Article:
With the arrival of springlike weather, Team Toto has ventured into the State of Oregon. This will be a recurring theme this year; we’ll head back to Oregon for three more trips this year, unless we think of more to add.
We’ll share details of this first trip — to the annual Spring Northern Oregon Gathering of Fiberglass Trailers — soon (any minute now), but first we want to share a… a log blog.
Okay, so stare into the fire (just like you would if you were there in front of it. That’s what campfires are for, sometimes). But before your eyes glaze over, note the oddly symmetrical logs we have going here.
We can take time out to discuss the background. It’s campground Loop A at Waterloo County Park, located in Lebanon, Oregon. I’ll admit that the photo would be more dramatic if the Grand Canyon or perhaps Devil’s Tower back there instead of some weeds and one of the scores of fiberglass trailers surrounding us.
But there is drama here… there are these logs. They are composed entirely of wood pellets (the kind you use in a pellet stove). Compressed sawdust, I suppose. The pellets have united to form the shape of highly regular logs, and that is possible because I dumped the pellets into log-shaped baskets made of stainless steel wire.
No, I didn’t invent these log-baskets — this other fellow did (you can read about ’em here). This was my very first attempt at building and enjoying a campfire using these gadgets, and I’m happy to report success.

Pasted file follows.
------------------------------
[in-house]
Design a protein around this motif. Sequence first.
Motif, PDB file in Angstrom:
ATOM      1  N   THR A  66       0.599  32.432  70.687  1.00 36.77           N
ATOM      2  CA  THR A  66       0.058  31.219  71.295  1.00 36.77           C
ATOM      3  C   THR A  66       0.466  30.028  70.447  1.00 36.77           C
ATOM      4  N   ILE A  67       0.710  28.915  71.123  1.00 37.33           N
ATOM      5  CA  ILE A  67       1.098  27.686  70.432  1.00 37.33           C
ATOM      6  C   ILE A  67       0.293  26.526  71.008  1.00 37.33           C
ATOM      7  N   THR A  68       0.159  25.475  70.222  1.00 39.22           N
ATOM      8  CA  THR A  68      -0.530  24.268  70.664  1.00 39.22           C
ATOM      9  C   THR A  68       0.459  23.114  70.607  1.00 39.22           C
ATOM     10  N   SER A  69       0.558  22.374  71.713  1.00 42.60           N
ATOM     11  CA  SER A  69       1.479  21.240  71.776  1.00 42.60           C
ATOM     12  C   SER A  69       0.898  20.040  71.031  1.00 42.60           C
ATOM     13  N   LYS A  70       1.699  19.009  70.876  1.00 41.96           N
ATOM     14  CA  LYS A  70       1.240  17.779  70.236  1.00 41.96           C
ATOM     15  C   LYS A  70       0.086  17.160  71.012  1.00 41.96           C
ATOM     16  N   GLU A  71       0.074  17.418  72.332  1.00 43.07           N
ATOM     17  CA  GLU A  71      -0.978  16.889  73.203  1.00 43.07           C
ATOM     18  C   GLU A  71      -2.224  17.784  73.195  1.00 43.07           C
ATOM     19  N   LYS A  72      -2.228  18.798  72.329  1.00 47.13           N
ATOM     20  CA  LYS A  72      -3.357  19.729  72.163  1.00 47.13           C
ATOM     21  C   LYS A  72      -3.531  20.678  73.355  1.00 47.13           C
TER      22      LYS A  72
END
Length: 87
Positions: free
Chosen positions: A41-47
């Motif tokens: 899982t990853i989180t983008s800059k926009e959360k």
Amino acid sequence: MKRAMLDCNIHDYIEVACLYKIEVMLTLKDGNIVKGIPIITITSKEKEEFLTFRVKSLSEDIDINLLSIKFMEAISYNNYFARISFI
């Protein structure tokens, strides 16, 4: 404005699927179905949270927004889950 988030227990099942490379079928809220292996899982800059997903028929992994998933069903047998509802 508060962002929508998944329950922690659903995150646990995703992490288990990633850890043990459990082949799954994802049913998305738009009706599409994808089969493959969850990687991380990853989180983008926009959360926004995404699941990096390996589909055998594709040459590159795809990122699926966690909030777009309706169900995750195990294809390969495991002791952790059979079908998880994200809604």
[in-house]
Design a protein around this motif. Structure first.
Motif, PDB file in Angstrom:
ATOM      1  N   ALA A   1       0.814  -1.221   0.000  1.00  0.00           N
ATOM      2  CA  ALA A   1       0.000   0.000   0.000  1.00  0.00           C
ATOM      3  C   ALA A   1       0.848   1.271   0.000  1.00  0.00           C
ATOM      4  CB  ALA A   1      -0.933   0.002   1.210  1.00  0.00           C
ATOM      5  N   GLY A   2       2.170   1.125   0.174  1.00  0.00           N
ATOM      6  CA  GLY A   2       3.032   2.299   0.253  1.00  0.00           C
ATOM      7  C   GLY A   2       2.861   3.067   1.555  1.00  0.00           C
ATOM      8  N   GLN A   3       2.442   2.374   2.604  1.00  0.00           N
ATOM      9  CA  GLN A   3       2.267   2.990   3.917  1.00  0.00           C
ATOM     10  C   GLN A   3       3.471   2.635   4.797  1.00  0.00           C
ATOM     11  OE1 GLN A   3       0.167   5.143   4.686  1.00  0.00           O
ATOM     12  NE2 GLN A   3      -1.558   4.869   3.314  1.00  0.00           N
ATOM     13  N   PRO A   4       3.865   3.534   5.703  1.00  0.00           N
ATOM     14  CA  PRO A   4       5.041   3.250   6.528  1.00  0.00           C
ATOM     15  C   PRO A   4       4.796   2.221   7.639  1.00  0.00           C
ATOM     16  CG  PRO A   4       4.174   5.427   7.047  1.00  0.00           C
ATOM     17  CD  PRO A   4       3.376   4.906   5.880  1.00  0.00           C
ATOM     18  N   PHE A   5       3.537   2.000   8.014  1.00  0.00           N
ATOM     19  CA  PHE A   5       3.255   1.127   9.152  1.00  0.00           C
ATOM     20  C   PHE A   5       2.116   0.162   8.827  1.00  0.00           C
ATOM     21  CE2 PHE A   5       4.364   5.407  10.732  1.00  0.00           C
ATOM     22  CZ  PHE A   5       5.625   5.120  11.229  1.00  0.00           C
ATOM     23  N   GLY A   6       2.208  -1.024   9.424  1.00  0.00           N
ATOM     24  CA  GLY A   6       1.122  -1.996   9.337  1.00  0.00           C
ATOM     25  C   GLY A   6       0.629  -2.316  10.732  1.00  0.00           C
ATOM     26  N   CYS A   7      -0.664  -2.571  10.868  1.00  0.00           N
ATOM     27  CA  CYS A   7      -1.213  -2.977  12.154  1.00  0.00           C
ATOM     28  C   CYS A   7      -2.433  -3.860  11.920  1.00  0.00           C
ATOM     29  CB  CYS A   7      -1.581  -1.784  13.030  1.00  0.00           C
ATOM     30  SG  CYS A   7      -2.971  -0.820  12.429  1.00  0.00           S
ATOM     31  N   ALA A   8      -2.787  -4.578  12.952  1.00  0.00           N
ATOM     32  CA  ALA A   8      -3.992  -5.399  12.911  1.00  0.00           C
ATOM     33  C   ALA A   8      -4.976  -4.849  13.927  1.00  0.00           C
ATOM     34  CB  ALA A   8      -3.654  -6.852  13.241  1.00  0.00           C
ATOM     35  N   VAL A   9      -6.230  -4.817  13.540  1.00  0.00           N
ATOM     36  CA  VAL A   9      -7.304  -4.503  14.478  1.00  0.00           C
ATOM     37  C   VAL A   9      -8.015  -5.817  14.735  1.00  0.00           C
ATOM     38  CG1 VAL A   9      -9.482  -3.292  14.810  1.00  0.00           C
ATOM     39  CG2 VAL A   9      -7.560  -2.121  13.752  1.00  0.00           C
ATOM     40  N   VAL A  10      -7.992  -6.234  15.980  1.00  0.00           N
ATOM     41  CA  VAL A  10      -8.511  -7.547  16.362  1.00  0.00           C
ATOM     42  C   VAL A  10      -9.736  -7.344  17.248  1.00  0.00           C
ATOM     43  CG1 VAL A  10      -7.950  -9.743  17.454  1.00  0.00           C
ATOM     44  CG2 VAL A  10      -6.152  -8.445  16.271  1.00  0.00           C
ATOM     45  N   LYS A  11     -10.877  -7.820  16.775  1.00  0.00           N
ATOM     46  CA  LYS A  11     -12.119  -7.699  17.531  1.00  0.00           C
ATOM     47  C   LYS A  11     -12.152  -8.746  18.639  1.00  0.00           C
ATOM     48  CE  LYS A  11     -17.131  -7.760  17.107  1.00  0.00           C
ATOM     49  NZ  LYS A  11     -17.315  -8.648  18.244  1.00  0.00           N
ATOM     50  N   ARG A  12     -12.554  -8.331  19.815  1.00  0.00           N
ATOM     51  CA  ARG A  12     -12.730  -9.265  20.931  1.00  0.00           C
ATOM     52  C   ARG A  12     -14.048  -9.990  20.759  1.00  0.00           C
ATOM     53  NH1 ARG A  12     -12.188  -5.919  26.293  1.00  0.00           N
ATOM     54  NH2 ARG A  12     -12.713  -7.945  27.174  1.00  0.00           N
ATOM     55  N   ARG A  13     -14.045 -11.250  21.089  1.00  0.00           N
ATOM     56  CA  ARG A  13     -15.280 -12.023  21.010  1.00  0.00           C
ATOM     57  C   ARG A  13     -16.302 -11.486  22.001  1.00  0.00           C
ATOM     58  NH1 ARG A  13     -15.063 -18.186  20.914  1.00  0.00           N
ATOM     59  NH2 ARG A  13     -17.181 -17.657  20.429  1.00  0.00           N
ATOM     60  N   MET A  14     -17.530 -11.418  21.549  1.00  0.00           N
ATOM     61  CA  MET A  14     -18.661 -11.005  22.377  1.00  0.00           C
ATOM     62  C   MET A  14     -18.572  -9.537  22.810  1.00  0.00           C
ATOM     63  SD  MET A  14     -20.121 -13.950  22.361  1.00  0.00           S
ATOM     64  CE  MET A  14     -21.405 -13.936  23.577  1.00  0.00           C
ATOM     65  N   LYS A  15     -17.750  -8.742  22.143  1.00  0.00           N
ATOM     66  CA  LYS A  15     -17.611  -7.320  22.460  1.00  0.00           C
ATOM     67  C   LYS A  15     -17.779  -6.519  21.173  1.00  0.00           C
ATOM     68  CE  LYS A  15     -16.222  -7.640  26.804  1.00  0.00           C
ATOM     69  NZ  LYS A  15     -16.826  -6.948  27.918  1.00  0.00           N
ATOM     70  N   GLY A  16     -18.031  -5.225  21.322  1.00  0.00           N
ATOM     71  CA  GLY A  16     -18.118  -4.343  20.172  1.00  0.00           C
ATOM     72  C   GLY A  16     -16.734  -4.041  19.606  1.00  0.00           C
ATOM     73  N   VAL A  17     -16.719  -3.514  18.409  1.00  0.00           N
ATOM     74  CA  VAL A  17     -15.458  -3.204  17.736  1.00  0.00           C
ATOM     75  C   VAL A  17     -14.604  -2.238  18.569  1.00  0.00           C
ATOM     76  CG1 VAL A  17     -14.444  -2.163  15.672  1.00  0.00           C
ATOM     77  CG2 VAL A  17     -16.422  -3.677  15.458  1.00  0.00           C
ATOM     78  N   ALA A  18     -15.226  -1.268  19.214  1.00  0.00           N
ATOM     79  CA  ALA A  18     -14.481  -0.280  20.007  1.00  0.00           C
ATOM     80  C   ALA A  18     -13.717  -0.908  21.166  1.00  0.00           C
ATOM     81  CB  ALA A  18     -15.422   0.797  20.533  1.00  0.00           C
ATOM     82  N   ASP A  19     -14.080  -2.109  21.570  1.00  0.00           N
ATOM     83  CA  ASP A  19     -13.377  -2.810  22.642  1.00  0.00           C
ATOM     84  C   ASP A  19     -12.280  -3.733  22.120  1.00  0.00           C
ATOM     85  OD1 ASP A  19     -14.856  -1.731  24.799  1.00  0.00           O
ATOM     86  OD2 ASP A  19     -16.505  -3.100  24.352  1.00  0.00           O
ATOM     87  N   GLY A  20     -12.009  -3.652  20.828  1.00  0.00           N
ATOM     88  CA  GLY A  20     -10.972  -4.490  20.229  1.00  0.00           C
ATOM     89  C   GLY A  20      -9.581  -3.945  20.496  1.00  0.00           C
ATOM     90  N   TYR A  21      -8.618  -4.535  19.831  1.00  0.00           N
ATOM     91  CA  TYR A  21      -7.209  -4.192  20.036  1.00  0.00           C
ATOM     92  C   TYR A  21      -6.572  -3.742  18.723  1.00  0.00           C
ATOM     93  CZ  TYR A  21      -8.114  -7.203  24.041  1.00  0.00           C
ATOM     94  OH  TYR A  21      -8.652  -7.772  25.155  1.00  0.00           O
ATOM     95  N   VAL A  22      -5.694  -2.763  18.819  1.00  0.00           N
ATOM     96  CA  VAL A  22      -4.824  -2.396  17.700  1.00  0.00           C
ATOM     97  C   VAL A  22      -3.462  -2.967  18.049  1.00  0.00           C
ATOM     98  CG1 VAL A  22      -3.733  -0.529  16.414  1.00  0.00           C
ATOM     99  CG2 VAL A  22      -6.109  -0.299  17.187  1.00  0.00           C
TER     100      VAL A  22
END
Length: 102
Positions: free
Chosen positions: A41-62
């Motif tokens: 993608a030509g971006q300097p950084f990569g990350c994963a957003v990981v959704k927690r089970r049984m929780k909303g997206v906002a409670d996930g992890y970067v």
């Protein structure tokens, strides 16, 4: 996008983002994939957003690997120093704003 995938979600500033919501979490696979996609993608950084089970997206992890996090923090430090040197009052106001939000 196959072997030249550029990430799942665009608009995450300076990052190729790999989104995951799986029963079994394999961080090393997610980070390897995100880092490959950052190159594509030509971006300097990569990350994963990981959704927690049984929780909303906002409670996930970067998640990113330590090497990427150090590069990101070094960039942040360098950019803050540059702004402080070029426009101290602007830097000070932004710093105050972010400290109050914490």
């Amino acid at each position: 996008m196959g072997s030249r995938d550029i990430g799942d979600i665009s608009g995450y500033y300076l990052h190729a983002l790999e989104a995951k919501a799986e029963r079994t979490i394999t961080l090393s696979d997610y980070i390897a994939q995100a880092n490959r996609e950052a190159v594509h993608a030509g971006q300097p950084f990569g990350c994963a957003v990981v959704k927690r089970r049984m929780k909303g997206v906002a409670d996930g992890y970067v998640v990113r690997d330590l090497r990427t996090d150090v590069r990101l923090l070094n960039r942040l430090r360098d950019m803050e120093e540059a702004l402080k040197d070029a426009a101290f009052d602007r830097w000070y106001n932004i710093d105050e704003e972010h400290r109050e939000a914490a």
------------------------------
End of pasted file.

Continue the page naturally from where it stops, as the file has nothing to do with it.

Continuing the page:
Take out the log-baskets (they nest together to save space and weigh next to nothing). Pour pellets into the openings (note: best to point the openings toward the sky, so as to keep all the pellets inside the log-baskets). Light with newspaper or other handy item (I used paraffin fire-starters). Kick back. Stare. Feel Warm.
The fire works like regular fires. It’s warmer for a while, and then starts to calm down. It’s easy to dump more pellets into the log-baskets if you want to prolong your evening of meditation, campfire singing, or, in my case, listening to the baseball.
On this particular night, Sooz and the boys wanted to chill out in Toto’s luxurious lounge. So it was just me out there, with my Repose Fire Logs, and my nice fire, and the very talented Aaron Goldsmith doing the play-by-play. And a cup of pinot gris that kept becoming empty, which afforded me the opportunity to check in with the rest of the family from time to time.
I like these logs. Over the course of three days at the NOG, I had three fires, and used up a 10-pound bag of pellets. No firewood to buy or bring with me, no worries about accidental transport of wood-borne pests. We will take ’em along on our next trip, too.
I should disclose here that the fellow who markets the Repose Fire Logs actually provided them to me, at no cost, because I promised to take ’em along and take some pictures and send them his way, which I will surely do. I don’t have any interest in his venture, and if you find yourself enjoying your very own Repose Fire Logs some day, I won’t get anything out of it except karma brownie points. And they will be fine.Sharing is caring!
Following is daring.